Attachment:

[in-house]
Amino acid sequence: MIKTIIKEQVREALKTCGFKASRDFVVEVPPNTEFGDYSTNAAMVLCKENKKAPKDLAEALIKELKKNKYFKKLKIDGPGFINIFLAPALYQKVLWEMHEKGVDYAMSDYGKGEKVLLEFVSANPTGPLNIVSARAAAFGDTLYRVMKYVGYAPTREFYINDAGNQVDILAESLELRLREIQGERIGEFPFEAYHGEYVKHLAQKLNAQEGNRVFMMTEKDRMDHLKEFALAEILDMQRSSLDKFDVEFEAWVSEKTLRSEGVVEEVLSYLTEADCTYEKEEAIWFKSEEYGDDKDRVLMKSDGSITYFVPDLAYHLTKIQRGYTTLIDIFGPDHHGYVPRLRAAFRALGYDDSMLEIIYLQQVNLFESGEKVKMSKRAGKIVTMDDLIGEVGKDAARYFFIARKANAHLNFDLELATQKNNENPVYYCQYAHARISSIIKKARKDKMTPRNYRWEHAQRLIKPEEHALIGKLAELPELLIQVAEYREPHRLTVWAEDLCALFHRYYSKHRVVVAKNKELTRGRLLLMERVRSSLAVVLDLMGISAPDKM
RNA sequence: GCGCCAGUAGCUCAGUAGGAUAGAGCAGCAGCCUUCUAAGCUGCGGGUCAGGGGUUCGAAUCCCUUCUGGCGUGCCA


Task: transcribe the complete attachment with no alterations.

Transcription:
[in-house]
Amino acid sequence: MIKTIIKEQVREALKTCGFKASRDFVVEVPPNTEFGDYSTNAAMVLCKENKKAPKDLAEALIKELKKNKYFKKLKIDGPGFINIFLAPALYQKVLWEMHEKGVDYAMSDYGKGEKVLLEFVSANPTGPLNIVSARAAAFGDTLYRVMKYVGYAPTREFYINDAGNQVDILAESLELRLREIQGERIGEFPFEAYHGEYVKHLAQKLNAQEGNRVFMMTEKDRMDHLKEFALAEILDMQRSSLDKFDVEFEAWVSEKTLRSEGVVEEVLSYLTEADCTYEKEEAIWFKSEEYGDDKDRVLMKSDGSITYFVPDLAYHLTKIQRGYTTLIDIFGPDHHGYVPRLRAAFRALGYDDSMLEIIYLQQVNLFESGEKVKMSKRAGKIVTMDDLIGEVGKDAARYFFIARKANAHLNFDLELATQKNNENPVYYCQYAHARISSIIKKARKDKMTPRNYRWEHAQRLIKPEEHALIGKLAELPELLIQVAEYREPHRLTVWAEDLCALFHRYYSKHRVVVAKNKELTRGRLLLMERVRSSLAVVLDLMGISAPDKM
RNA sequence: GCGCCAGUAGCUCAGUAGGAUAGAGCAGCAGCCUUCUAAGCUGCGGGUCAGGGGUUCGAAUCCCUUCUGGCGUGCCA